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Rev. James Boer kept praying and hoping that one day he would find another minister to help him model racial diversity in his congregation. Earlier this year the pastor of Faith Christian Reformed Church in Holland, Mich., finally found the person he was looking for.  

Boer was helping to facilitate the Dance of Racial Reconciliation (DORR)—a new curriculum designed by Christian Reformed pastors and leaders—at the CRC denominational offices in Grand Rapids, Mich., when he met Rev. Angela Taylor Perry.

Taylor Perry, who was serving as a resident pastor for Church of the Servant CRC in Grand Rapids at the time, also helped put on the DORR program. During a break she and Boer sat down and talked. Both felt an immediate connection. Boer is white and Taylor Perry is African American.

“I trusted him. It was a God thing. I knew he was someone who was bringing the resurrected love of Christ to people,” says Taylor Perry, a 2005 graduate of Calvin Theological Seminary who has a passion for building bridges between races.

Boer says he felt the same way. Not long after that conversation he offered her a position as pastor of reconciliation at his predominantly white church. “I believe the Holy Spirit calls us to be a diverse spiritual body. Angela is helping us to do that,” says Boer. “Meeting Angela and being able to bring her on staff was an unintended but very exciting fruit of DORR.”

Together Boer and Taylor Perry are trying to show the congregation what living out God’s command for unity can entail. But it’s not always easy. “We don’t have a roadmap,” Boer says. “This is like a laboratory. We’re learning to do cross-cultural ministry.”

Understanding and Undoing

DORR was developed under the auspices of the CRC’s Office of Race Relations. Based on biblical teaching that racism is sin, it brings together people from all parts of the church to participate in exercises and discussions designed to help them understand and undo the effects of racial prejudice.

People in leadership roles in the church are especially encouraged to participate in the DORR training, which can run for a few hours or two days, depending on the needs of individual groups.

“DORR is a tool that can help people begin to really grapple with the issue of racism. It helps people to understand racism and to realize that the kingdom of God calls us to be a church of diversity,” says Rev. Esteban Lugo, director of Race Relations.

A similar program, called “Widening the Circle,” has been made available to churches and CRC agencies and offices in Canada. “We try to engage both the mind and the heart,” says Steve Kabetu, Race Relations coordinator in Canada.

Both programs address topics such as identifying and dealing with white privilege; exploring various elements of racism and how they continue to play out in society today; examining church creeds and teachings on the issue; and creating a personal action plan to seek connection with people of different races.

Dancing Together

While gaining information is important, more crucial are the personal responses and periods of introspection and one-on-one conversations on touchy topics that DORR calls participants to go through, say participants.

Fronse Pellebon–Smith says he appreciated being part of the DORR process last year at Faith CRC in Holland. But he says it wasn’t easy for him to keep his emotions in check. As an African American man from the South Side of Chicago, he found past hurts and challenges, memories of “caustic contacts in my soul and heart,” coming back.

Even so, he says, “DORR was worth the effort because on this journey there will be dusty feet, sweating hands, and sensitive hearts. . . .Yet when we are all together, we are a healthier body of Christ.”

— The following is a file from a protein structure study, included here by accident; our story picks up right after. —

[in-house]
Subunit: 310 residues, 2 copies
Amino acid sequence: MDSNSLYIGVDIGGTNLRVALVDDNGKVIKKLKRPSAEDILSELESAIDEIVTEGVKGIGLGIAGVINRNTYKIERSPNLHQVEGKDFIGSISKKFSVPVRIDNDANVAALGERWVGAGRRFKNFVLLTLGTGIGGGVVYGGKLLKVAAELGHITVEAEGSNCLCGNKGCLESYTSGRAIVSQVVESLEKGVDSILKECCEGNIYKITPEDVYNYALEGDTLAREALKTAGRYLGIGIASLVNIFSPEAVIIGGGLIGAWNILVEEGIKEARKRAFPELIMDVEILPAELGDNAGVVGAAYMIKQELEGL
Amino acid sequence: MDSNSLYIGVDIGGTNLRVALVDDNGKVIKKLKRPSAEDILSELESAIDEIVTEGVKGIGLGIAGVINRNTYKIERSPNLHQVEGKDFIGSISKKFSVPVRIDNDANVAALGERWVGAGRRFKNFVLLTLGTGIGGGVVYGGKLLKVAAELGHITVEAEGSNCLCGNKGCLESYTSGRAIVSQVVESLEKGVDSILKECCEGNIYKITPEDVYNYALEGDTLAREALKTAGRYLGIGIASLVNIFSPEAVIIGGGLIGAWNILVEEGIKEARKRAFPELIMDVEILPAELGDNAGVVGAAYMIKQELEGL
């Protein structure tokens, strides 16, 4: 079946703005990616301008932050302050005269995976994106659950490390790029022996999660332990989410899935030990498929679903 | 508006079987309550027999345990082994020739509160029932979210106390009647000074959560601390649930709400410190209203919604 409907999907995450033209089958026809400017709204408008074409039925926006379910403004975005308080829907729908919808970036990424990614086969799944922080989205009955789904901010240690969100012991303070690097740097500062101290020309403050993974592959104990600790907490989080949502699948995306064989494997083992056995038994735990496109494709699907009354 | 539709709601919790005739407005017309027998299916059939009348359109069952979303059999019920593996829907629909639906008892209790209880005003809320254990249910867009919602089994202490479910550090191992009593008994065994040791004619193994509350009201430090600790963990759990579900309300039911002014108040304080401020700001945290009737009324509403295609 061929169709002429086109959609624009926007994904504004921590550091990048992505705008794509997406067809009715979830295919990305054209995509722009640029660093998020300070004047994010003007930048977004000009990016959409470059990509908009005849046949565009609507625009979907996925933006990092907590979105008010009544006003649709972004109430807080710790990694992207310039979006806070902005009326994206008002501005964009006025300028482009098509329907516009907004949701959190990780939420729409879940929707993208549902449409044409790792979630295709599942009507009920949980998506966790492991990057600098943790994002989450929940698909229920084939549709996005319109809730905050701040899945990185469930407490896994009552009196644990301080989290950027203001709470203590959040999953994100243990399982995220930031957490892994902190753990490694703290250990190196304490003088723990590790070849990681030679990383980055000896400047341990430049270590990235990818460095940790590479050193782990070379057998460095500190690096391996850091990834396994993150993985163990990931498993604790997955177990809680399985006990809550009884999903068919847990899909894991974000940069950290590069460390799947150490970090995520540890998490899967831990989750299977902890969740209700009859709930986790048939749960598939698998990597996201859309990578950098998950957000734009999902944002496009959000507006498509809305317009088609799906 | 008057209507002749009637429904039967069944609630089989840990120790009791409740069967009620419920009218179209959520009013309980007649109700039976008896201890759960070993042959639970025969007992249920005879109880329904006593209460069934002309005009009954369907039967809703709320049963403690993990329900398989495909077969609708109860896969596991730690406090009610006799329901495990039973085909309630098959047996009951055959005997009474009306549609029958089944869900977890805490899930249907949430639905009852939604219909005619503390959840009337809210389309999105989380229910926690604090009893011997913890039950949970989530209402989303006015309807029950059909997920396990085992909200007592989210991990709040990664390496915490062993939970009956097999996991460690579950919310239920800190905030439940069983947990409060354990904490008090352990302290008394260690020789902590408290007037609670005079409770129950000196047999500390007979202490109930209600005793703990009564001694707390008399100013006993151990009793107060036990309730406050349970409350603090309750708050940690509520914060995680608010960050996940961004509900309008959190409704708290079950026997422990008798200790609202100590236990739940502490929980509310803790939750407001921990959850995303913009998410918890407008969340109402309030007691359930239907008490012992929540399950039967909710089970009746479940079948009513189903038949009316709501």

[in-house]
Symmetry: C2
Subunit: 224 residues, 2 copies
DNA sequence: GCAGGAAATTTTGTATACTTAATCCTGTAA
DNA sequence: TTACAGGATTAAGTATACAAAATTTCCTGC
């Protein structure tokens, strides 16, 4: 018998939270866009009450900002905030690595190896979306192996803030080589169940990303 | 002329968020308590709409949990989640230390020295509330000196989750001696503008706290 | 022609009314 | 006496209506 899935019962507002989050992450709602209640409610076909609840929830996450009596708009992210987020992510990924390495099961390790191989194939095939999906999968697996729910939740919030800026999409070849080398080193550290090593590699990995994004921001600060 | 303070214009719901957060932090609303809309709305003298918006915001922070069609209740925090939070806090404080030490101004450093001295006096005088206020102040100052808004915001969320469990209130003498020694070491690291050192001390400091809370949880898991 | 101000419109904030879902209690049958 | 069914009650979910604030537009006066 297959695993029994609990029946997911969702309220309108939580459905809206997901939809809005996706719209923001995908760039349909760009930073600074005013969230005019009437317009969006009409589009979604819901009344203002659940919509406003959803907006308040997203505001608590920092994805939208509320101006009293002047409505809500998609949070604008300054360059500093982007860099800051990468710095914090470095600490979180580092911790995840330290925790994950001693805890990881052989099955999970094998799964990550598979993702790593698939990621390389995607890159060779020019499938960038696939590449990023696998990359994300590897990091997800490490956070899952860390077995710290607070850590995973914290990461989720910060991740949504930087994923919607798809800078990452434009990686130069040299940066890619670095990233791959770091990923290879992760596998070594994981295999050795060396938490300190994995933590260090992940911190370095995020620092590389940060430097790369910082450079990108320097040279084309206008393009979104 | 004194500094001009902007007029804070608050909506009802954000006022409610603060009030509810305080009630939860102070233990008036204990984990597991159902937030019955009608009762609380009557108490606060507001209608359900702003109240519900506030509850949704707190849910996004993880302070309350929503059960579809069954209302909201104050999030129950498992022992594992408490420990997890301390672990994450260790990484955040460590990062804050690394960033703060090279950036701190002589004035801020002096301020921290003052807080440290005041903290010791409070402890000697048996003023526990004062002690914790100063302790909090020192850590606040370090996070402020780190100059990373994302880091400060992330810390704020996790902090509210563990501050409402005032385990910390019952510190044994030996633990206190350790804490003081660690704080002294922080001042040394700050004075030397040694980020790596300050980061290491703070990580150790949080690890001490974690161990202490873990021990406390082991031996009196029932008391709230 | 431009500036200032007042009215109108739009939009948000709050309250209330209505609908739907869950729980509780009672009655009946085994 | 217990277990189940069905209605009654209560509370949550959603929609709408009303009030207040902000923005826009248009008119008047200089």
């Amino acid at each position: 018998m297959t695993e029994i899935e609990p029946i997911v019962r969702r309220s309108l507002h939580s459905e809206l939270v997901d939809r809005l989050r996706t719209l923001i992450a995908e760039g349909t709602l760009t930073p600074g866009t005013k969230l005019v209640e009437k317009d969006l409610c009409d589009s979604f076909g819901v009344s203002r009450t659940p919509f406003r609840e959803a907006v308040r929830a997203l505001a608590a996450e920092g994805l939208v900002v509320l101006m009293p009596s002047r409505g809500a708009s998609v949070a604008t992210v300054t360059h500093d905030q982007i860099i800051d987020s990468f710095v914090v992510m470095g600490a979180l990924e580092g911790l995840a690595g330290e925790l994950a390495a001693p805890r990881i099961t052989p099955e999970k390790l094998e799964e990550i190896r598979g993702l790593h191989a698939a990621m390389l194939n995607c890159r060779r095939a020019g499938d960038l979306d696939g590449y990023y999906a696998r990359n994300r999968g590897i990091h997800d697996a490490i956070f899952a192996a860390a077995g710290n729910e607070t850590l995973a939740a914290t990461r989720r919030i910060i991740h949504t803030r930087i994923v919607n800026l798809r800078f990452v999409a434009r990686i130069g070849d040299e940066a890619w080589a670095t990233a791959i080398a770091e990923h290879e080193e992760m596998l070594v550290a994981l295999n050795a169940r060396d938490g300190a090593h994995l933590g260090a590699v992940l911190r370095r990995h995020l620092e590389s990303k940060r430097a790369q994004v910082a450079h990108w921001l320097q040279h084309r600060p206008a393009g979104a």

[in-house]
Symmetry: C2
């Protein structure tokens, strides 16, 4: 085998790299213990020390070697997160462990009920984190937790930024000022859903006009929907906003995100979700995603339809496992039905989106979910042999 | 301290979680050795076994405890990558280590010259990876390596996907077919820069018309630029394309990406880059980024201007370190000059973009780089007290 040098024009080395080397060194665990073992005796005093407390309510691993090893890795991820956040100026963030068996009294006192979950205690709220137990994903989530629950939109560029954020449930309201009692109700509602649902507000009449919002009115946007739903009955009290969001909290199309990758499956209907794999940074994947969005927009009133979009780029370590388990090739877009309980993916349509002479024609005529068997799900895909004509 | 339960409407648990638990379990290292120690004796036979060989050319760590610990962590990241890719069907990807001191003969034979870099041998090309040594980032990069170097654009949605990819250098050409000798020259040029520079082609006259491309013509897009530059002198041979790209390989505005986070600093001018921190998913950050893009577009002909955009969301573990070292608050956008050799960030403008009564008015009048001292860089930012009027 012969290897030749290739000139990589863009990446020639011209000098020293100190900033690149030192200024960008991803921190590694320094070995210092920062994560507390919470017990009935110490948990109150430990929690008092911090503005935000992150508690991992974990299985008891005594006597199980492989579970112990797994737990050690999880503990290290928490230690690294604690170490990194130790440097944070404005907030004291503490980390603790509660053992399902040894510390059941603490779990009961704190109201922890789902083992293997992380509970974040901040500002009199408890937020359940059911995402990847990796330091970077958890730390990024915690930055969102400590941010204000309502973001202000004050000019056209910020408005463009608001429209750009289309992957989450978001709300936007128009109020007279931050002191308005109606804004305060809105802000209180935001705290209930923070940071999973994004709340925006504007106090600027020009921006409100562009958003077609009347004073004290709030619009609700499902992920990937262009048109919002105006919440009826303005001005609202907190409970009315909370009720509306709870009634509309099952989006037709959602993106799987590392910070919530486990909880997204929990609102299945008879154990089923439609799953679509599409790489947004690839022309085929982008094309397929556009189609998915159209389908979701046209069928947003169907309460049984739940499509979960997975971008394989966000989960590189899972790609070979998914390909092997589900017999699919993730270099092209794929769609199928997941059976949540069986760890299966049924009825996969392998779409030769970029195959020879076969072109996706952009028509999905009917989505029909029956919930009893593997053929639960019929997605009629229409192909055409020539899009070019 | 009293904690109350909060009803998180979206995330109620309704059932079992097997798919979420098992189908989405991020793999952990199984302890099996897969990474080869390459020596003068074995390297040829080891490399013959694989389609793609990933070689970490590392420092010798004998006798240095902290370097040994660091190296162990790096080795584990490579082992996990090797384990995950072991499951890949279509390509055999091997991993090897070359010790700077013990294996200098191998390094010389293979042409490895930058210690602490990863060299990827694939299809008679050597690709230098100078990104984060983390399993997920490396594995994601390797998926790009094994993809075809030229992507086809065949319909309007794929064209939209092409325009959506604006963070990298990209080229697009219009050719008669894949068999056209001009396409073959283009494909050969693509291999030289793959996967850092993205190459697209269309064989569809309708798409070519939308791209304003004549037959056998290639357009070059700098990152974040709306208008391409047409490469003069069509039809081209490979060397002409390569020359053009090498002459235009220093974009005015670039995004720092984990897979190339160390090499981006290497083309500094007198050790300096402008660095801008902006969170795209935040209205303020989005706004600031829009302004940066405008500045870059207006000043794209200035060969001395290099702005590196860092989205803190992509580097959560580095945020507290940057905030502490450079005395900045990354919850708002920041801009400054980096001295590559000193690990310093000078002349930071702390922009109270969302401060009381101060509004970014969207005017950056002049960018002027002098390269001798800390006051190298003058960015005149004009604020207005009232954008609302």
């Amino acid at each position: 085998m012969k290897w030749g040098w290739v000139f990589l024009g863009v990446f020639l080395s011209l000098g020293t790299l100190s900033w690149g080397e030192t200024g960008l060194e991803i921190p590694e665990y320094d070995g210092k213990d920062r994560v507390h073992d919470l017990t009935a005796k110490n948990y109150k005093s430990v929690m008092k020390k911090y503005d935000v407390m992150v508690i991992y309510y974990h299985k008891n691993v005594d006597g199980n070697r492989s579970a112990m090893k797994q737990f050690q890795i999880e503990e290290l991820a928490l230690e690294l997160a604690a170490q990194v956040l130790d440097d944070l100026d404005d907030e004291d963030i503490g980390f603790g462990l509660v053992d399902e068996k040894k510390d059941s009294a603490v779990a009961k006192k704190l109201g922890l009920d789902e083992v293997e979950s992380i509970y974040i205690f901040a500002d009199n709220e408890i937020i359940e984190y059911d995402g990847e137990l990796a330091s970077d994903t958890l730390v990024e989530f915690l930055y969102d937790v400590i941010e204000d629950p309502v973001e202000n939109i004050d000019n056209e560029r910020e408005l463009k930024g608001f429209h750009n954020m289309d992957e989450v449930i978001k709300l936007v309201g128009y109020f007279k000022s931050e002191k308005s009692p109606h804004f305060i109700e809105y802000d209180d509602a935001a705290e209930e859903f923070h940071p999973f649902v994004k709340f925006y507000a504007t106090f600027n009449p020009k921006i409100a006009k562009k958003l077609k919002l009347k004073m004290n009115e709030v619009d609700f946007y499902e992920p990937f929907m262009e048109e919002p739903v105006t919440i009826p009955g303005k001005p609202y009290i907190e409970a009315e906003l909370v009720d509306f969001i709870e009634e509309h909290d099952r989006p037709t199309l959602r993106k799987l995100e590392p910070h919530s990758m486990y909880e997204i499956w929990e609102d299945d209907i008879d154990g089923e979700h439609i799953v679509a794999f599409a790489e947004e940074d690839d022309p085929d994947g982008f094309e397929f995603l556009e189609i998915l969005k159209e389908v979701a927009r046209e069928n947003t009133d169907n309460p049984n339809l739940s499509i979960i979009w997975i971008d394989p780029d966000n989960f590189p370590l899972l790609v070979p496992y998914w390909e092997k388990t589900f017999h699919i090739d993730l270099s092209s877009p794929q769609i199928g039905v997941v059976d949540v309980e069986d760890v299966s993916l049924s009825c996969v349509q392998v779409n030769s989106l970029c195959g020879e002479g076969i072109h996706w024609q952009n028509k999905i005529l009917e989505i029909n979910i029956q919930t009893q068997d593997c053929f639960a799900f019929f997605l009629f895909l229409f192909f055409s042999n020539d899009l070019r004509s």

Rev. Denise Posie, pastor of Immanuel CRC in Kalamazoo, Mich., agrees. “It really brought home the biblical perspective on racism and how it plays out in our society.”

She says the dance image is very appropriate. “This is a process. You can dance slow or move fast. It can be pliable, and it can be static. You can dance with yourself or with one or two others or with a whole group.”

Several members of her church work for the public schools in Kalamazoo, and the training helped to encourage them to address issues of racial inequality and call for changes in policies and procedures in the schools.

Rev. Laudir Lugo, pastor of Revival Temple in the Chicago area, says DORR training meant a great deal to him and others who went through it.

 “DORR created a deeper awareness that racism is sin and deeply grieves the Holy Spirit,” says Lugo, son of Esteban Lugo, the CRC’s Race Relations director. “DORR has caused us to pray, work, and depend on the Spirit for a deeper love for all people.”

Facing Up to Race

During an interview in April, Rev. Esteban Lugo struggled to express his feelings about the controversy that erupted during this year’s U.S. presidential race over fiery remarks by Chicago minister Rev. Jeremiah Wright. The former senior pastor of Trinity United Church of Christ, which counts Barack Obama as a member, condemned America for its historical mistreatment of minorities.

Lugo, director of the Christian Reformed Church’s Office of Race Relations, said Wright’s remarks led him to reflect on the state of race relations in CRC congregations.

At the same time, he said, they reminded him that the denomination has created tools to help address the racial divide—and he hopes the controversy sparks a broad discussion of the topic in the CRC.

“We have to be honest,” Lugo commented.” “[Wright]spoke to issues that are relevant to our world today. Race and racial reconciliation are still issues that our countries and our churches ignore.”

Lugo noted that Wright’s words were replayed and reprinted in video clips and news stories around the world. But instead of putting them into the broader context of confronting racism, news outlets and websites focused mainly on the fiery language and how it reflected on Obama.

“We can ask ourselves if we are in a new day, but the truth is that white privilege still exists,” Lugo said. “What race you are matters.

“The truth is that people of color still experience feelings of resentment and antagonism toward the dominant culture, which society and the church, for whatever reason, don’t really want to hear about or touch.”